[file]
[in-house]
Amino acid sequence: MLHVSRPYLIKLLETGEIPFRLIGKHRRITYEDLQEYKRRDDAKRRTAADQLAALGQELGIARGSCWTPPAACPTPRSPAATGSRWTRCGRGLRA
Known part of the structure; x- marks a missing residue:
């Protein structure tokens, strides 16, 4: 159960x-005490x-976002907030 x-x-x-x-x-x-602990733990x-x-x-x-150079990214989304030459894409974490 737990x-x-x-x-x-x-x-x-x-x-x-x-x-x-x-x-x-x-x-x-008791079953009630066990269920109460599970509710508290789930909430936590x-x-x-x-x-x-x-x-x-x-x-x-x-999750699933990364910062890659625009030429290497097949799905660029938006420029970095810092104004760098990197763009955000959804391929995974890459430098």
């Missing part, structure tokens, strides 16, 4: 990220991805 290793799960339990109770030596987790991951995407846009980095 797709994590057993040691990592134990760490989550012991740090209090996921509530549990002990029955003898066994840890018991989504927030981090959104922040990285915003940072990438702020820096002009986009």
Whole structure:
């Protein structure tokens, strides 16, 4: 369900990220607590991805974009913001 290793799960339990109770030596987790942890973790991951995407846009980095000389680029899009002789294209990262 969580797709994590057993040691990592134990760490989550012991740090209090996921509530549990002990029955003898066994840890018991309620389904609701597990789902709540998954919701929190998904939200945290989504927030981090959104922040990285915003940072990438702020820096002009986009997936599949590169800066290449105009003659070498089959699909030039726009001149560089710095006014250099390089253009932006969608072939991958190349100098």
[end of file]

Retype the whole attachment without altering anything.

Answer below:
[in-house]
Amino acid sequence: MLHVSRPYLIKLLETGEIPFRLIGKHRRITYEDLQEYKRRDDAKRRTAADQLAALGQELGIARGSCWTPPAACPTPRSPAATGSRWTRCGRGLRA
Known part of the structure; x- marks a missing residue:
């Protein structure tokens, strides 16, 4: 159960x-005490x-976002907030 x-x-x-x-x-x-602990733990x-x-x-x-150079990214989304030459894409974490 737990x-x-x-x-x-x-x-x-x-x-x-x-x-x-x-x-x-x-x-x-008791079953009630066990269920109460599970509710508290789930909430936590x-x-x-x-x-x-x-x-x-x-x-x-x-999750699933990364910062890659625009030429290497097949799905660029938006420029970095810092104004760098990197763009955000959804391929995974890459430098």
């Missing part, structure tokens, strides 16, 4: 990220991805 290793799960339990109770030596987790991951995407846009980095 797709994590057993040691990592134990760490989550012991740090209090996921509530549990002990029955003898066994840890018991989504927030981090959104922040990285915003940072990438702020820096002009986009």
Whole structure:
């Protein structure tokens, strides 16, 4: 369900990220607590991805974009913001 290793799960339990109770030596987790942890973790991951995407846009980095000389680029899009002789294209990262 969580797709994590057993040691990592134990760490989550012991740090209090996921509530549990002990029955003898066994840890018991309620389904609701597990789902709540998954919701929190998904939200945290989504927030981090959104922040990285915003940072990438702020820096002009986009997936599949590169800066290449105009003659070498089959699909030039726009001149560089710095006014250099390089253009932006969608072939991958190349100098």